Foreigners frequently assume that Yellow Fever and Malaria are widely spread diseases, but those have been eradicated for a long time. There are no specific vaccinations necessary to enter Costa Rica. Nevertheless, you should be equipped with insect spray to protect yourself from bug bites, since Dengue Fever may be common during rainy season. If you are planning to travel to the rain forest, it is important that you always listen to your local tourist and/or park guide, as they know their way around the area and there are always important instructions you need to follow.

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Transport 083.resized
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100 .resizedEveryday traffic; waiting for the bus
216 .resizedExcursions into the cloud forest and to the jungle
140.resizedPosing upon arrival in front of the Juan Santamaría Airport in Alajuela

Culture and history

The Ticos, as the Costaricans like to call themselves, are well known for their leisureliness, affection and love of life. Their nickname comes from the fact that they like to add the ending –tico to words (momentico instead of momento). Ticos are afraid to say “no”, since they feel they are being unfriendly and they are very a peace-loving people.

Costa Rica is located in Central America in between Panama in the south and Nicaragua in the north. In the east there is the Caribbean Sea and in the west the Pacific Ocean. The country is divided into 7 provinces: Alajuela, Cartago, Guanacaste, Heredia, Limón, Puntarenas und San José, in which the same-named capital is located. The country distinguishes by the fact that it was geographically blessed: there are mountains, valleys, thick rain forests, abundant rivers, active volcanoes and amazing beaches. There is a little bit of everything to find on this small territory. The valley in the centre of the country, in which the most important cities can be found, is called Valle Central (Central Valley); most Ticos live distributed among San José, Cartago, Heredia and Alajuela. The Central Valley is circled by volcanoes and mountains and was chosen as starting point for the development for the rest of the country because of the abundance of water and its fertile soil.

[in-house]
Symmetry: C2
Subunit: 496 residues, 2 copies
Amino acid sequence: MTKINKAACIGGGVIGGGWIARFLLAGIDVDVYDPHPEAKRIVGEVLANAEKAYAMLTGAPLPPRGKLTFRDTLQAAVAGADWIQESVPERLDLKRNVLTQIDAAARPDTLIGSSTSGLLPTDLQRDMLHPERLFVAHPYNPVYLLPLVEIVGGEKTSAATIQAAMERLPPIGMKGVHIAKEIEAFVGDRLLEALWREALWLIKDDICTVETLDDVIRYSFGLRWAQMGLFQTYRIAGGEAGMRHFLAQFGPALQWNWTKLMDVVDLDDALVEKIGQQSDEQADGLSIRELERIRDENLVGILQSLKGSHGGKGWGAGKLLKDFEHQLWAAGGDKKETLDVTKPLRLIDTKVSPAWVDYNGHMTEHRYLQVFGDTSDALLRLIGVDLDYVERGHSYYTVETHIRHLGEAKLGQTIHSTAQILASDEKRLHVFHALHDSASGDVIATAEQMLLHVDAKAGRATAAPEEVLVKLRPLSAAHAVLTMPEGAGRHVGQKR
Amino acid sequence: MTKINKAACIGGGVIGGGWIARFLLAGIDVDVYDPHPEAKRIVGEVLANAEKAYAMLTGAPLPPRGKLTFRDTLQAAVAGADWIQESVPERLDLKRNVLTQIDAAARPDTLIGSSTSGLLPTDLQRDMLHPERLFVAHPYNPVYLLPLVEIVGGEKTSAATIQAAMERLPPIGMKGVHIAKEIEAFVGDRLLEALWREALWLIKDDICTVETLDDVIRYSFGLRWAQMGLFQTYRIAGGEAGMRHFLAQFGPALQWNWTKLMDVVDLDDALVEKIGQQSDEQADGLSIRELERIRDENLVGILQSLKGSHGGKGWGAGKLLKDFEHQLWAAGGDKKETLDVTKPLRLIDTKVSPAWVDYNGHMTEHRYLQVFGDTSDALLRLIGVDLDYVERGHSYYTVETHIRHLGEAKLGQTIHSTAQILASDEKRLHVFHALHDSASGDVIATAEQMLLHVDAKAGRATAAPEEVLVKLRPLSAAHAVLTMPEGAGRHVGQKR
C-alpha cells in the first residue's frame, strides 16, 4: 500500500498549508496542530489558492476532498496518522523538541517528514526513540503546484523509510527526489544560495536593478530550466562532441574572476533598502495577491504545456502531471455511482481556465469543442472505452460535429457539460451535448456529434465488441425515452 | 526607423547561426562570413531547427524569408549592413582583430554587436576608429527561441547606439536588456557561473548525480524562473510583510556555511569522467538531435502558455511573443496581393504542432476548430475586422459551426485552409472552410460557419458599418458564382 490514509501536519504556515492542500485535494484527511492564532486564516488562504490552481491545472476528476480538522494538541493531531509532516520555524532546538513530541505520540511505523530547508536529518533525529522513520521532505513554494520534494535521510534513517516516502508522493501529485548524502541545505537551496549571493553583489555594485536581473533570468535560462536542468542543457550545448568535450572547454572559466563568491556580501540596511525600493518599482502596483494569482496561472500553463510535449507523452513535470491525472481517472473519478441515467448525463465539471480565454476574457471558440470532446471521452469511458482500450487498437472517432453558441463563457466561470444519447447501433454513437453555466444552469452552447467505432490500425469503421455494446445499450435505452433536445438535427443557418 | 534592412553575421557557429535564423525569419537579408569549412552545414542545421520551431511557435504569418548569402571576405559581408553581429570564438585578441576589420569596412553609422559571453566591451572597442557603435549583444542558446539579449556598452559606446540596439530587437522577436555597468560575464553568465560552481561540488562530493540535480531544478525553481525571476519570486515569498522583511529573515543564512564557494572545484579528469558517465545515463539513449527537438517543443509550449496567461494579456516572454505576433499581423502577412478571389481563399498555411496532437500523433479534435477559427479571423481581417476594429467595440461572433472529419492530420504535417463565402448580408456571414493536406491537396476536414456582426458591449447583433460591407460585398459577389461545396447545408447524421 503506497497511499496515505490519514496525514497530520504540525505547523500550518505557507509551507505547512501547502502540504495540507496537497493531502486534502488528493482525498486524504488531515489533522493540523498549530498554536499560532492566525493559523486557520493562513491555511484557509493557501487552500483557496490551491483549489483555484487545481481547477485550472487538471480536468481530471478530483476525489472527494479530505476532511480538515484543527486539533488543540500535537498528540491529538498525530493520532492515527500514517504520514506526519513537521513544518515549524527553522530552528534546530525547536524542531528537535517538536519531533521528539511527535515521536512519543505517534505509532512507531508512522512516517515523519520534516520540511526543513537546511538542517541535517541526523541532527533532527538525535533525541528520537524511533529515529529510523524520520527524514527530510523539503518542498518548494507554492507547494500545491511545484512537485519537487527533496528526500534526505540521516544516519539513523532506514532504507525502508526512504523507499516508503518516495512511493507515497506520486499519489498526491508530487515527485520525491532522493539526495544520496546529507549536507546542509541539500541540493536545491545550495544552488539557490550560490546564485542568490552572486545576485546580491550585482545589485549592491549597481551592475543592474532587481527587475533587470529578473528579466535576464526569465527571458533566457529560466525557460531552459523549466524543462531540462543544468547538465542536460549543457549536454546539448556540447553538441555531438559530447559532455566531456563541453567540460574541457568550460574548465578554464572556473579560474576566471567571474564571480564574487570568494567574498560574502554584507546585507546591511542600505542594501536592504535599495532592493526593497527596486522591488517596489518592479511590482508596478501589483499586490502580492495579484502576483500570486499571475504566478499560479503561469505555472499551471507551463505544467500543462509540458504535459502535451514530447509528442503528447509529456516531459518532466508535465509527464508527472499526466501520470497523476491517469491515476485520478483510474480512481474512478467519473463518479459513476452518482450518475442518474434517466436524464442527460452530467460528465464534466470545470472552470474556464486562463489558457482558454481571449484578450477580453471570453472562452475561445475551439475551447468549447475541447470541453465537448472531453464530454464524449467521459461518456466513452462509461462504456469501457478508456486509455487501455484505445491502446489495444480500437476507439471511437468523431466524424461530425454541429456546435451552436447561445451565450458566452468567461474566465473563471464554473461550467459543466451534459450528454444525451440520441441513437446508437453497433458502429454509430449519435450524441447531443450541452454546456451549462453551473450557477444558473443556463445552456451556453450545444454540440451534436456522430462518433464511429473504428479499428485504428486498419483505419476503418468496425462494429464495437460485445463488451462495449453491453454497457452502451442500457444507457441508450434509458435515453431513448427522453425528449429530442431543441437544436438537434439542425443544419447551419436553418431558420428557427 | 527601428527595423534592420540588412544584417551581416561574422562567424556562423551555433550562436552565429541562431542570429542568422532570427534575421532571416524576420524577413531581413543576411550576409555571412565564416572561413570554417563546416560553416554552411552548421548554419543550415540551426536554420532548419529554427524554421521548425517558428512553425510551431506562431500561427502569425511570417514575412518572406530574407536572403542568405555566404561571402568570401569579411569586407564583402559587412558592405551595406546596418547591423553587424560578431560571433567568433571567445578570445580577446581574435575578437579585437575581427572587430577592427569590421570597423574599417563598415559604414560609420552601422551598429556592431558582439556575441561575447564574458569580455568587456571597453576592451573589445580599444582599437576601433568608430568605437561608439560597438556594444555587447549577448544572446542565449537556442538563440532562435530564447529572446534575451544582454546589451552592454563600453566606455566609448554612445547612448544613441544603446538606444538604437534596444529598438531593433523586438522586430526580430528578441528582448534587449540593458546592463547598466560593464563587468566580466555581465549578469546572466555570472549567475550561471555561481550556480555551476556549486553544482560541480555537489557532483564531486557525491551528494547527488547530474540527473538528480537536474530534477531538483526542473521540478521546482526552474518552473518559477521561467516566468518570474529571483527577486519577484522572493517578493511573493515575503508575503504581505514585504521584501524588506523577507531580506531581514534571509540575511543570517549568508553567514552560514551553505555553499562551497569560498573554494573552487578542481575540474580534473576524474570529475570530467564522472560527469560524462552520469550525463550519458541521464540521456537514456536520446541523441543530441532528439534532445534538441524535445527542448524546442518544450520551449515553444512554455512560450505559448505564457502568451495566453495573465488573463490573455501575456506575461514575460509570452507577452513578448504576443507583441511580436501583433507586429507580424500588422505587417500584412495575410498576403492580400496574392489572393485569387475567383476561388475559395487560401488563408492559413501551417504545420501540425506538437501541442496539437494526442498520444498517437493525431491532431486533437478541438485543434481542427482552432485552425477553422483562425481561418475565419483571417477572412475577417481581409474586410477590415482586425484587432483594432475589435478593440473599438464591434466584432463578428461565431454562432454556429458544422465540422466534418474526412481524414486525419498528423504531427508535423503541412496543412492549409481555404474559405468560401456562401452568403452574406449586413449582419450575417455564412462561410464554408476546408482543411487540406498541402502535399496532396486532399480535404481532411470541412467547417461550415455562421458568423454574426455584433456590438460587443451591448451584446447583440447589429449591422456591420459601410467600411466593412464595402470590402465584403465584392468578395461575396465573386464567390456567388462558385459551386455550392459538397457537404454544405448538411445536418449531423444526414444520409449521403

Since 1949 Costa Rica has no military forces; all resources other countries destine to weapons and their military are here given to education and social programs. This heritage can mainly be observed in the Ticos´ peaceful way of living, as well as the political and social stability of this country. This is why Costa Rica is ¡pura vida! It is also one of the few countries to have an official religion: Catholicism, which contributes to the fact that people are very marked by the church and that religion is often times an important issue within families. Very recently, in February 2014 Costa Rica had its presidential elections, which did not result in a clear win for any of the candidates; this is why there will be a second round of.